Khan has been tight-lipped on the Palestine investigation while making numerous media appearances championing the investigation in Ukraine, launched earlier this year following Russia’s invasion.

International justice, it would seem, is only to be enjoyed when it aligns with the geopolitical interests of certain powerful states.

Navi Pillay, the chair of a UN commission of inquiry into Israel’s oppression against Palestinians as a whole, pointed to the hypocrisy of states that condemn Russia for unilaterally annexing areas of Ukraine but not Israel’s annexation of Palestinian territory.

“Recent statements by the secretary-general and numerous member states have clearly indicated that any attempt at unilateral annexation of a state’s territory by another state is a violation of international law and is null and void,” Pillay said.

“Unless universally applied, including to the situation in the occupied Palestinian territory, this core principle of the United Nations Charter will become meaningless.”

The double-standard was also noted by Balakrishnan Rajagopal, the UN special rapporteur on housing, in his report delivered to the General Assembly last week.

“Indeed, the aggression of the Russian Federation against Ukraine has been met by an unprecedented international condemnation and investigative and prosecutorial efforts, including by the International Criminal Court,” Rajagopal stated.

“As admirable and necessary as they are, there is no denying that such actions are blatantly missing in other humanitarian crises, such as in Afghanistan or Palestine – both of which have had cases pending before the International Criminal Court for years without any tangible outcome.”

In the same report, Rajagopal stated that “the institutionalized regime of systematic racial oppression and discrimination that has led to the destruction of Palestinian homes is nothing short of apartheid” as defined under the Rome Statute, the founding treaty of the ICC.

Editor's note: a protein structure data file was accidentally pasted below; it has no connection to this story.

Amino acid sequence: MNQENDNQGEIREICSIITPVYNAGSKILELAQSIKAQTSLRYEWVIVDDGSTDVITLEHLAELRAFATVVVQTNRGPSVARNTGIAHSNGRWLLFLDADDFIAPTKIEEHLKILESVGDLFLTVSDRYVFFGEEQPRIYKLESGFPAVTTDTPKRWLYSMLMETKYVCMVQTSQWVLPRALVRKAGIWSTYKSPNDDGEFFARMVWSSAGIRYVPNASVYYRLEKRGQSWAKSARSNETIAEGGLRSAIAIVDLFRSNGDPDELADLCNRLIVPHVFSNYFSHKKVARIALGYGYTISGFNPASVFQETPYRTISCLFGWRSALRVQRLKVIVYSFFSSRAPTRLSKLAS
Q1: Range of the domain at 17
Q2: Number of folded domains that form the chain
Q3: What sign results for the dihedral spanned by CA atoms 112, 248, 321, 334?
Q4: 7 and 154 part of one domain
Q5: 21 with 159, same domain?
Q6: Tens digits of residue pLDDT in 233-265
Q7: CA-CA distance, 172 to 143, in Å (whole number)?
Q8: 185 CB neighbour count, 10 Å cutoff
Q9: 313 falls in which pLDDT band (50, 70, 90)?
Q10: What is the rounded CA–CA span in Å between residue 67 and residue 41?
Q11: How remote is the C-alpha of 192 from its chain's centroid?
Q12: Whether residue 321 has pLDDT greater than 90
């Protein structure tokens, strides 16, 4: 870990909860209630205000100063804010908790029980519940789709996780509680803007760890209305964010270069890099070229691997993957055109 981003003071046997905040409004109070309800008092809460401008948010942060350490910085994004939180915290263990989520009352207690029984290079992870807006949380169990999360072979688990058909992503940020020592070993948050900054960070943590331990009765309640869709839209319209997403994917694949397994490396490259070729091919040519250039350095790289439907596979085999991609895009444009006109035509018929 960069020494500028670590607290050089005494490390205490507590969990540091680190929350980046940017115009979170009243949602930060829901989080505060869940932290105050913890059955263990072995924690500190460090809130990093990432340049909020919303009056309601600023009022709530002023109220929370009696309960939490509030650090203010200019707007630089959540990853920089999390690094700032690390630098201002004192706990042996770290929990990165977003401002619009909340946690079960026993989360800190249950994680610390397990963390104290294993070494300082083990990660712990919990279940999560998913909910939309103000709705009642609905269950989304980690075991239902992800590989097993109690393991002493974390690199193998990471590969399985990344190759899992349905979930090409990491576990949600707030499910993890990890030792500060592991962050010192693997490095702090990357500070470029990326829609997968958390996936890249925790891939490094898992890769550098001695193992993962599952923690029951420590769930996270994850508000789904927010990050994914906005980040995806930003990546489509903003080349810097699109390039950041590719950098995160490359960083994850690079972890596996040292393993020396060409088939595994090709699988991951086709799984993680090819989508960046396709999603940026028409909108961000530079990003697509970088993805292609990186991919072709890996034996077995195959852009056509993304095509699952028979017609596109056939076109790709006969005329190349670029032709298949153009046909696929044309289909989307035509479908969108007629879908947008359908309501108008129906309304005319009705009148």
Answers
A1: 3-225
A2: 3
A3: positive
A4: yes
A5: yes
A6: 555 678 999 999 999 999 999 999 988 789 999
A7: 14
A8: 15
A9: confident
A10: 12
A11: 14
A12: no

Rajagopal added that “the intentional and severe deprivation of the fundamental right to housing, contrary to international law, owing to forcible transfer of population, would likewise satisfy the definition of persecution.”

Rajagopal wasn’t the only UN special rapporteur to highlight Israel’s apartheid practices imposed on Palestinians during the general assembly.

Francesca Albanese, the special rapporteur on the human rights situation in the West Bank and Gaza Strip, stated that Israel’s apartheid system is a means by which it denies Palestinians their right to self-determination and facilitates its settler-colony enterprise – the root cause of the conflict.

E. Tendayi Achiume, the special rapporteur on racism, highlighted the “ecological devastation and transformation” of the occupied West Bank and Gaza Strip.

“Israeli settler expansion into Palestinian territories has led to the destruction of hundreds of Palestinian villages,” Achiume noted. Meanwhile, Israel offers tax incentives for high-polluting industry to relocate to the West Bank “with immense, documented genotoxic effects for Palestinian residents.”

Israel confiscates Palestinian land to build settlements on the pretext of protecting natural areas, “a practice which has been described as ‘greenwashing,’” Achiume said, while the vast majority of water in the West Bank is expropriated for the exclusive use by Jewish settlers.

“Indeed, Israel’s practices and policies in the [occupied West Bank and Gaza Strip] amount to apartheid, with extreme environmental and human rights consequences for Palestinians,” she added.




Navi Pillay writes "Recent statements by the secretary-general and numerous member states have clearly indicated that any attempt at unilateral annexation of a state’s territory by another state is a violation of international law and is null and void". Well, for a lawyer to make this statement indicates she missed Law the day they taught it at her Law School. The Occupied Territories , as you describe them, are NOT a state despite the UNGA wishing it so. Only the UNSC can declare a state into existence. Therefore, to call the West Bank the "territory" of a non-existent state is null and void.

Maureen Clare Murphy

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Maureen Clare Murphy is senior editor of The Electronic Intifada.